Curry Laksa Fried Chicken, with Pineapple Mint Salsa and Ginger Lime Aioli
Ah, laksa…who doesn’t love a big steaming bowl of fiery creamy goodness. If you’re unfamiliar with laksa, it is essentially a rich and spicy noodle soup commonly found around the Malaysia/ Singapore peninsula, as well as in parts of Thailand and Indonesia.
Laksa has always been a favourite in our house, though ironically we don’t really eat it all that often. I had been playing around with the idea of a laksa fried chicken for a bit, though after a bit of quick research, I found that Adam Liaw (a MasterChef winner from Australia) had already beaten me to it*.
Oh, well – you can’t have too much of a good thing can you?
This recipe has been through a couple of iterations in its lifetime. Initially, I started making a classic curry laksa, topped with laksa fried chicken. Tasty, but it quickly loses the impact of crisp chicken goodness in the soup.
So next came the idea of making a dry laksa noodle – I cooked down the curry paste and coconut milk till thick, then tossed it through noodles stir fried with the usual laksa toppings. This is how it turned out.
In the end though, I abandoned the idea of gratuitous laksa overkill – I’ve concluded that it’s all pretty much an excuse to get as much laksa down my face as possible. So instead let’s focus on the good stuff – the star of the show was always meant to be the fried chicken.
This recipe takes it’s cue from curry laksa, as opposed to the other types of laksa variants such as Assam. Incidentally, here’s a nice overview of the different laksa variations and some etymology on the name that I hadn’t come across before. As you might imagine, recipes can vary hugely even within the scope of the good old curry laksa, but at the heart of it lies a spicy laksa paste balanced with creamy coconut milk to form the heart of the soup base. The spice paste is what brings the fire and the flavour, made from chilies and aromatics including shallot/onion,garlic, tumeric, galangal, lemongrass and shrimp paste.
In this recipe, I’m using boneless thigh fillets, and marinating the chicken in curry paste and coconut milk powder rather than regular coconut milk – I wanted a good amount of coconut flavour without it getting too wet. The curry paste I typically make is fairly standard from what I could see from other recipes online and in my own library. The focus is mainly on the aromatic ingredients, with some lighter, sweeter spices so as not to overpower the balance.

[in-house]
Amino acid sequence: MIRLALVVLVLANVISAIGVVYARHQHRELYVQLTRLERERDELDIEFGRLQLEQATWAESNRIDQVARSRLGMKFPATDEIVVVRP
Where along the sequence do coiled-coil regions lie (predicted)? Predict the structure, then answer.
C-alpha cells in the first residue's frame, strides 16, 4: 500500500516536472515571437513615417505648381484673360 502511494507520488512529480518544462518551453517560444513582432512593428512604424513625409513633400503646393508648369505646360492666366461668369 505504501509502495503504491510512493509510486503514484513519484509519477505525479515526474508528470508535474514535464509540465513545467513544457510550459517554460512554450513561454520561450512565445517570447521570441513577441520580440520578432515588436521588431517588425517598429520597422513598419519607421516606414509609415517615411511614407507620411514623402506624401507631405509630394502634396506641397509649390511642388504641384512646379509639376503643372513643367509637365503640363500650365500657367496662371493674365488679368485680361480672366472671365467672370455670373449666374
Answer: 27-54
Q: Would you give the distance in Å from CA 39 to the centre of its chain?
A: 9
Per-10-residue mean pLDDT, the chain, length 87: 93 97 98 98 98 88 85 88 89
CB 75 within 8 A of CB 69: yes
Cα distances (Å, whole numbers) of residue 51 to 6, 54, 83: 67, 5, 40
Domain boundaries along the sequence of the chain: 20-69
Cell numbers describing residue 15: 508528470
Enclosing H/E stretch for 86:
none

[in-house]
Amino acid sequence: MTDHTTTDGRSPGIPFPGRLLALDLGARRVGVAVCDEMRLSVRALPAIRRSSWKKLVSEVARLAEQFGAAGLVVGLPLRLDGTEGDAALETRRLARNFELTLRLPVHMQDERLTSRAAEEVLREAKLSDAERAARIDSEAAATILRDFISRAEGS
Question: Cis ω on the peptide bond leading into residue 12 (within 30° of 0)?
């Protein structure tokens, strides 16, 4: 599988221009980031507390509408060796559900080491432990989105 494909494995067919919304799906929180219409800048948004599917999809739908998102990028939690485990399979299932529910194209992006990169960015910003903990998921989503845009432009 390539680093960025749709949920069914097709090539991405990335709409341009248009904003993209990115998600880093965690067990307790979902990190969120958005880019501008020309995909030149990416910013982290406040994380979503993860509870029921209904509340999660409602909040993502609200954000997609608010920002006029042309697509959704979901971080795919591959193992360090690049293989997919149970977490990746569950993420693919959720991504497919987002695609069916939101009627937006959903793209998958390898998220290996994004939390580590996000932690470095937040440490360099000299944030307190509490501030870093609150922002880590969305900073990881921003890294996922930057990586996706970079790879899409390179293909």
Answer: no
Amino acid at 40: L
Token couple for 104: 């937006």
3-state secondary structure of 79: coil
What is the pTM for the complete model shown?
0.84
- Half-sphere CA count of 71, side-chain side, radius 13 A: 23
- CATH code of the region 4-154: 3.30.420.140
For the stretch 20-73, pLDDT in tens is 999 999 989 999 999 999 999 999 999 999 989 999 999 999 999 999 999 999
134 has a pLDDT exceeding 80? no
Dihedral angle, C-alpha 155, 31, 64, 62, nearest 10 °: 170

I also trialed several options for the coating for frying – various combinations of potato starch, regular flour and coconut flour. Best options are either all potato starch or half potato starch and half plain flour. I didn’t find using coconut flour added much to the texture or flavour. Using 100% potato starch gives the chicken a lighter, crisp coating which draws on the the Japanese fried chicken/ Karaage approach, whereas the half and half mix gives it more of a regular fried chicken feel – slightly thicker crust and better colour. The potato starch chicken can look a bit on the pale side in comparison, though I did find it stayed crisper for longer.The photo below is the half and half coating, and would be my preferred method, though to be honest the all starch coating is still a very very close second.
The recipe for the curry paste below makes about double the amount you need for the chicken, so feel free to make some regular laksa if you like too! If you don’t feel like making your own laksa paste, it’s possible to do this with a shop-bought or pre-prepared laksa paste instead. Use the same amount of paste, but leave out the 1/2 teaspoon of salt as the paste will most likely already have a fair bit added.
*Christine over at Christine’s Recipes has done a good job of reproducing the recipe, in turn adapted from MasterChef Magazine, so here’s the link)
I also tried to get an idea of what others were doing with their laksa…here are a couple of good options to check out!